Beliefnet
Science and the Sacred

Alister McGrath, author of A Fine-Tuned Universe, was a “rottweiler sort” of atheist in his younger years. However, after attending university, McGrath discovered that God was more exciting that he initially thought, and became a Christian. As he began to think about the intersection between science and religion, he saw that their interactions were far more complicated than a simple clash of two incompatible ideas.

As McGrath says in this interview with CBC show The Hour:

“I began to realize actually that if you do believe in God it kind of gives a new intellectual depth to science and really makes it more interesting, more engaging. I began to realize actually that if you believe in God it gives you reasons to look at science in much more detail, but also brings more excitement, more depth to your science.”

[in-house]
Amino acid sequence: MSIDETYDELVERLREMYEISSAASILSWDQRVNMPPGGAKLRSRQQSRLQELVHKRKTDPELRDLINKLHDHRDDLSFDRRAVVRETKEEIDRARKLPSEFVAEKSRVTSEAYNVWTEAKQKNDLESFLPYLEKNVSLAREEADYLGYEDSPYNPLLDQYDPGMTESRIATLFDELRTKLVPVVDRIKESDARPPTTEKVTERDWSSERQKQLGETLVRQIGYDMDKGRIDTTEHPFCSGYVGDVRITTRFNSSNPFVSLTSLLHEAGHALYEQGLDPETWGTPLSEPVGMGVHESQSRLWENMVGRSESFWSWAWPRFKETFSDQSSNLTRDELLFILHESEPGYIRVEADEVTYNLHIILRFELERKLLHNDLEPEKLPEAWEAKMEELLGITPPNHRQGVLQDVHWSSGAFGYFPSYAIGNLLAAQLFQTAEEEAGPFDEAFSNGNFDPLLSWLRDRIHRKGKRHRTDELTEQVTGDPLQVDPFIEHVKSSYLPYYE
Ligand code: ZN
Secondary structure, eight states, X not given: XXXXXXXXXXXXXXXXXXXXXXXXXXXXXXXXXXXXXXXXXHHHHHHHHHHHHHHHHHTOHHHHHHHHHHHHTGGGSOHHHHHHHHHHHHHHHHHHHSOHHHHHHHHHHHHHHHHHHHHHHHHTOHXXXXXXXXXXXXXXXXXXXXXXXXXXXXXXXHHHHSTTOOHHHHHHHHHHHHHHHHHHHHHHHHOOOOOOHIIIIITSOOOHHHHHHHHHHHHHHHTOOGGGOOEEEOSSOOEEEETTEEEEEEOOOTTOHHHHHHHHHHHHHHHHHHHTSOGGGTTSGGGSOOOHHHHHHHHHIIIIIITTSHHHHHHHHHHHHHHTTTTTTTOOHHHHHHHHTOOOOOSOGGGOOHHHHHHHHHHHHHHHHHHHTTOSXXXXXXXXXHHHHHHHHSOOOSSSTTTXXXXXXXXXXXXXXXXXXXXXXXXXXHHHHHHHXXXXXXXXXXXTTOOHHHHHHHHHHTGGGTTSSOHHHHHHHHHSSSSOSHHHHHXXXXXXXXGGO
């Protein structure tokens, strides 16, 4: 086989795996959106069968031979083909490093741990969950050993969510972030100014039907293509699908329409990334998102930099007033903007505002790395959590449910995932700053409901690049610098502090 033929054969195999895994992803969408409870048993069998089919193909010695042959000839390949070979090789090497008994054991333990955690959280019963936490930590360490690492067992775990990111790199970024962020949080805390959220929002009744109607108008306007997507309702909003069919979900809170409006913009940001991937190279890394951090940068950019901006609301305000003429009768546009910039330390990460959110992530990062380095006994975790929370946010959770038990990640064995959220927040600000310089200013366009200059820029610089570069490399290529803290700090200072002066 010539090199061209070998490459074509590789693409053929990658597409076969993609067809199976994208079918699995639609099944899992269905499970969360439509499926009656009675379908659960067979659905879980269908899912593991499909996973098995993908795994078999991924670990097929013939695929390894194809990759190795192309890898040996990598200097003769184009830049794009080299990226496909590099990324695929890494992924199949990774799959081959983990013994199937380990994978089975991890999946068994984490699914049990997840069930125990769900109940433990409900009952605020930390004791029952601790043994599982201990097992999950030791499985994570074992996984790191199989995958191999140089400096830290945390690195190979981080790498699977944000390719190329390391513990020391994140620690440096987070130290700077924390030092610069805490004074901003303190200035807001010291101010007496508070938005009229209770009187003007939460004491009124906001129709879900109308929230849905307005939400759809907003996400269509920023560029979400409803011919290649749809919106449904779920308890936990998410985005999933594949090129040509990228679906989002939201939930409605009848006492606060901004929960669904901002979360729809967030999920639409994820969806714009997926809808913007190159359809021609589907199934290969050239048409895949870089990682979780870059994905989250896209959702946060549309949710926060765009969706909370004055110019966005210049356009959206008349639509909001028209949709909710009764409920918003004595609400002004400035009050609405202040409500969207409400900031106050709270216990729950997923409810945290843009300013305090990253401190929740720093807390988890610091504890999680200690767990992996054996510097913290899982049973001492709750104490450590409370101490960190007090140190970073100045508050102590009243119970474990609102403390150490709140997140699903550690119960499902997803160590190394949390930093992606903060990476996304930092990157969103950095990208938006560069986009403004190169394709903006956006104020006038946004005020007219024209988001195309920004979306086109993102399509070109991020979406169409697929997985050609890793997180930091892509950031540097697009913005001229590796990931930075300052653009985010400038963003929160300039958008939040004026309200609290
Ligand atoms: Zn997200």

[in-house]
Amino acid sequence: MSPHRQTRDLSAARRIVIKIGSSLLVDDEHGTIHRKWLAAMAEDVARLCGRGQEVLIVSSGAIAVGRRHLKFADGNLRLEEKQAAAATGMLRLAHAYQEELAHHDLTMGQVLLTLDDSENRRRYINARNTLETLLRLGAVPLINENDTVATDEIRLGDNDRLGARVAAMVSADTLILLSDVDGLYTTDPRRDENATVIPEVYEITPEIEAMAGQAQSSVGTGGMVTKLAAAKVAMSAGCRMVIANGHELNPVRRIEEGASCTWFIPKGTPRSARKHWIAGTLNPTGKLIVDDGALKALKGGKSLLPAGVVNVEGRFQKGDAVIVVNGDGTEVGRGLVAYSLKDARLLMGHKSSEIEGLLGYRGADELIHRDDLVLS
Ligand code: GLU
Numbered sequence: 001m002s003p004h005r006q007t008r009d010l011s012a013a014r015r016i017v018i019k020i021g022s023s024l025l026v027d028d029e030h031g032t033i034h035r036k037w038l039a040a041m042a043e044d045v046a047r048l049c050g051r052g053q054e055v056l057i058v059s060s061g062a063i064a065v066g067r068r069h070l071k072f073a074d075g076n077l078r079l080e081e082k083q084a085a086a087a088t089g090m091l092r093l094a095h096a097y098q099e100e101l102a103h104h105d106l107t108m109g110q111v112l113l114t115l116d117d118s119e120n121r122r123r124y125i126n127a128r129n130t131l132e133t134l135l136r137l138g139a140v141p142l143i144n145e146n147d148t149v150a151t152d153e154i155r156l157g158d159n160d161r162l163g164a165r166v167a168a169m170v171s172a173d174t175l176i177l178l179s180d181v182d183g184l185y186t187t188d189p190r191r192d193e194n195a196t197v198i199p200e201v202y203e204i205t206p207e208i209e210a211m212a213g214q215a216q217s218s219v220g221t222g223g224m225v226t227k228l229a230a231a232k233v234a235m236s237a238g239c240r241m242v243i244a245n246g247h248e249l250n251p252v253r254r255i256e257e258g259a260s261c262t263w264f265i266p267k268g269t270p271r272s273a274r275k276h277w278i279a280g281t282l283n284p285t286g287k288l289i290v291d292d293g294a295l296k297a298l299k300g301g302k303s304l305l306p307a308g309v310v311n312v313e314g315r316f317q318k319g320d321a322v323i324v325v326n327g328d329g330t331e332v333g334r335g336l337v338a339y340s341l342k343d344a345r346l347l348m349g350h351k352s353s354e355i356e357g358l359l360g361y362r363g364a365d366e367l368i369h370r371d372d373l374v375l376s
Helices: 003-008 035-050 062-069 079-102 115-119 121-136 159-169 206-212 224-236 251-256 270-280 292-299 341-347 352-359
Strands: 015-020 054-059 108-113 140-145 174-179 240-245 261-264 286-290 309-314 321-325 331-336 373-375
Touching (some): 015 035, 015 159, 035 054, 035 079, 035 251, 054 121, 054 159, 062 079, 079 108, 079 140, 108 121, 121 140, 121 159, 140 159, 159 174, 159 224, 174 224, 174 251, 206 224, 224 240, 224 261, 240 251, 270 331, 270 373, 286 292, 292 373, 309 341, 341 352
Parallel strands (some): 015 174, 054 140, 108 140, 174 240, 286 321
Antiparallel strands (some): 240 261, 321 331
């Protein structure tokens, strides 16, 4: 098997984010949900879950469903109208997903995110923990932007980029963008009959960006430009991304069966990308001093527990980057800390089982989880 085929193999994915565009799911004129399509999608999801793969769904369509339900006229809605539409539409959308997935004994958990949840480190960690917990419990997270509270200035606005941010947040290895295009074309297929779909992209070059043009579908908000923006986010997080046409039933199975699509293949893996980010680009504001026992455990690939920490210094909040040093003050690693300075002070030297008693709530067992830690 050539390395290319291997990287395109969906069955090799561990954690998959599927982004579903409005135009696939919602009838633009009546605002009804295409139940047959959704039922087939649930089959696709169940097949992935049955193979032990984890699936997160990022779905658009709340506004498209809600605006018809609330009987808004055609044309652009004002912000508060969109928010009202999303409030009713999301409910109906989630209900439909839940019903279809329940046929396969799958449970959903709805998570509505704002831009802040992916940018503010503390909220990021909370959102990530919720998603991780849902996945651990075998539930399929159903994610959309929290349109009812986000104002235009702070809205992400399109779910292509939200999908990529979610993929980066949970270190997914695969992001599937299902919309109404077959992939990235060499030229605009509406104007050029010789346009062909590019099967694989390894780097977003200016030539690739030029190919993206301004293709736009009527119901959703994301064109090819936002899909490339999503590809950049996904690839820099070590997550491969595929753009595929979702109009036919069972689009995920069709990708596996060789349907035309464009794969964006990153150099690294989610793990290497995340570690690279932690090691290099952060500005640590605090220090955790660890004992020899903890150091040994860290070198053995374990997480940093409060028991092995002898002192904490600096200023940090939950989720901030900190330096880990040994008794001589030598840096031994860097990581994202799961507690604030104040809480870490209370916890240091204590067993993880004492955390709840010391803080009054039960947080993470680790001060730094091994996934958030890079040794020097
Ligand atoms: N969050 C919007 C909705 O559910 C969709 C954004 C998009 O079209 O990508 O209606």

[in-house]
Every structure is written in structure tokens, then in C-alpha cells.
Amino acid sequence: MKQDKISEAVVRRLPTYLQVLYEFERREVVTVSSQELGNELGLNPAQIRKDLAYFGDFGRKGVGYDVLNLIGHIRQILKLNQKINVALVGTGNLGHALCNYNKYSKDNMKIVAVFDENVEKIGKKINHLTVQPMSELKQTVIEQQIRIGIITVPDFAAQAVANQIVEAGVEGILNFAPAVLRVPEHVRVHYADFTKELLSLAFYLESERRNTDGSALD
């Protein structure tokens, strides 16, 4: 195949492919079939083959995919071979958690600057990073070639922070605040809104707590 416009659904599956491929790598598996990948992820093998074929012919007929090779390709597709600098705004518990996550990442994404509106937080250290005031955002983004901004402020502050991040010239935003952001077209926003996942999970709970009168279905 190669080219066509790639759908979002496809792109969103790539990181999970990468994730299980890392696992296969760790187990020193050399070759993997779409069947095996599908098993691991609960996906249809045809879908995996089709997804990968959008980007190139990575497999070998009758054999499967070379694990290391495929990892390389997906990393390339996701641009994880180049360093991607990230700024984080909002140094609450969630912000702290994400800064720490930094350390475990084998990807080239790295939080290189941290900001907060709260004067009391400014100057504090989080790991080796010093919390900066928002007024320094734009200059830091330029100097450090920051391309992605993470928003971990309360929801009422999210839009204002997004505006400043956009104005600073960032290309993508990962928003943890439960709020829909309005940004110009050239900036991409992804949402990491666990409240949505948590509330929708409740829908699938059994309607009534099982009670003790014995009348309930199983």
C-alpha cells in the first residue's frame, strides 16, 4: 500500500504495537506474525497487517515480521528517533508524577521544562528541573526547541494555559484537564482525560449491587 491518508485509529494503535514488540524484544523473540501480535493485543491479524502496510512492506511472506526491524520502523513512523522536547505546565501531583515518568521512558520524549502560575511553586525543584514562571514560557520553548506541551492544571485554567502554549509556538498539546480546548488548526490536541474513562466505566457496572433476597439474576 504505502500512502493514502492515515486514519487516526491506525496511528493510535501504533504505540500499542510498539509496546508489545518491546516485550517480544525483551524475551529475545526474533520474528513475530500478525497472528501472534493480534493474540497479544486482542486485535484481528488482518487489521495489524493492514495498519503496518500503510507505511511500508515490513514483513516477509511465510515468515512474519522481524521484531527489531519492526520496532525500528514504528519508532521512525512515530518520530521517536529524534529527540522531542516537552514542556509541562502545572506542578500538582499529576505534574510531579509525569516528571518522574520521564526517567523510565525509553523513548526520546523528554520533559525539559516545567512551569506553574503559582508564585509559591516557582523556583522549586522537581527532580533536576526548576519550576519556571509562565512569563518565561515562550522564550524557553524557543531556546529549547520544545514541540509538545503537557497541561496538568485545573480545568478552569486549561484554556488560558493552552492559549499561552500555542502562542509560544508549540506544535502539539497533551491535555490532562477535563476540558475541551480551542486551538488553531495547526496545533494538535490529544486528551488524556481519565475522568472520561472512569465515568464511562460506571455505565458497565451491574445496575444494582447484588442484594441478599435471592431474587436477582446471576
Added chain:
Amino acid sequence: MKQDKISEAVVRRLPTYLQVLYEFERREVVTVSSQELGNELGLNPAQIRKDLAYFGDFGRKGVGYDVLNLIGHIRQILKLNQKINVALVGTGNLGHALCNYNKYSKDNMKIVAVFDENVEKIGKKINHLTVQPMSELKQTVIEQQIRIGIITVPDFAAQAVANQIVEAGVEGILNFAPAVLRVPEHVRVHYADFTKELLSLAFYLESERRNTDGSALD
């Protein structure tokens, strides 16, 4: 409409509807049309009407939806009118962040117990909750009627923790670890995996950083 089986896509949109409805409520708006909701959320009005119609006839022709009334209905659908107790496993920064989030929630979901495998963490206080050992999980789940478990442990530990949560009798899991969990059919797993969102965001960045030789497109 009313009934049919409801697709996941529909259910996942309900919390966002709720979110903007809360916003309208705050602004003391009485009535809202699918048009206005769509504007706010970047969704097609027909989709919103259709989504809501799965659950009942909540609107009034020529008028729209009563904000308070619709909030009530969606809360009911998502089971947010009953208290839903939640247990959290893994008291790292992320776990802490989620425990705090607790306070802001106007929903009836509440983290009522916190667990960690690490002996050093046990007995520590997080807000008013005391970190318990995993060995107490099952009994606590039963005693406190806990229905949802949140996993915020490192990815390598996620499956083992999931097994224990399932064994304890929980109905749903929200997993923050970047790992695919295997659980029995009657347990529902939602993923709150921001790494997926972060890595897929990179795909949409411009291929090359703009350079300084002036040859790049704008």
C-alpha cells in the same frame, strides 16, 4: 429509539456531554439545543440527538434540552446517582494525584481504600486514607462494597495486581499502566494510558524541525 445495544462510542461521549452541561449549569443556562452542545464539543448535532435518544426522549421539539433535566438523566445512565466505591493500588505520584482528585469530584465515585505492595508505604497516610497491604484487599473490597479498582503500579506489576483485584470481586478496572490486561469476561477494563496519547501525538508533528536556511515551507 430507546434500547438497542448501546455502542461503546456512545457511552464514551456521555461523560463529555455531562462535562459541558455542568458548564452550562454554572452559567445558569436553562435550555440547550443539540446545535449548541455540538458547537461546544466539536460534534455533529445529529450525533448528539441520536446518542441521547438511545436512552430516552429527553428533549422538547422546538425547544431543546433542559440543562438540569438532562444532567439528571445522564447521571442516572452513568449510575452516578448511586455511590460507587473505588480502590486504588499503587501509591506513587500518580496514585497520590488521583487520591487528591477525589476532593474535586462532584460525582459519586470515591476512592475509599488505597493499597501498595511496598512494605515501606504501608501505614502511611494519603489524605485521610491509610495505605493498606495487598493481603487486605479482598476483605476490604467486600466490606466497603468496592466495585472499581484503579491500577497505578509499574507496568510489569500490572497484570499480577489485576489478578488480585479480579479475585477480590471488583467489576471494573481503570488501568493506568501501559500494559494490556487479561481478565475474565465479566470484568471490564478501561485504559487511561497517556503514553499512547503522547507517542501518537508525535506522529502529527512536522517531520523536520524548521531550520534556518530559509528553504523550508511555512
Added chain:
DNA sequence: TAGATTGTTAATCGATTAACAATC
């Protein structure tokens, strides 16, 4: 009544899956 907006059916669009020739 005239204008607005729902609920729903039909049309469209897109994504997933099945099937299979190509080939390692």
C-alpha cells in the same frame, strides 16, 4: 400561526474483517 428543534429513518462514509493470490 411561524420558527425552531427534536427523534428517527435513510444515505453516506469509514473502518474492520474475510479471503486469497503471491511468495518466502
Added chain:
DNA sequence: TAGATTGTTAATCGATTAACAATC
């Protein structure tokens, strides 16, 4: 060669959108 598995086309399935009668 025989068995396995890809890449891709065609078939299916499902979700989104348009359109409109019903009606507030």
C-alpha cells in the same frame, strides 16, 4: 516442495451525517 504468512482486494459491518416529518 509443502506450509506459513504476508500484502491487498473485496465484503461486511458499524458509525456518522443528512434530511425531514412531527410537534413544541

Furthermore, acceptance of Christian faith does not mean a rejection of modern scientific ideas such as evolution and the Big Bang. Faith can complement the knowledge that science provides:

“For me, science is very, very good at answering lots of questions but … not all questions. If you say to me let’s talk about how the universe came into existence, we can talk about that scientifically. If we start talking about another question like ‘What’s the point of life?’ or ‘Why are we here?’ that’s a different kind of question. I don’t think science answers that but I think there are answers we can find.”

For more on McGrath’s views on faith, Christianity, and evolution, as well as why atheists seem to be more prominent in modern society, be sure to watch the full interview.

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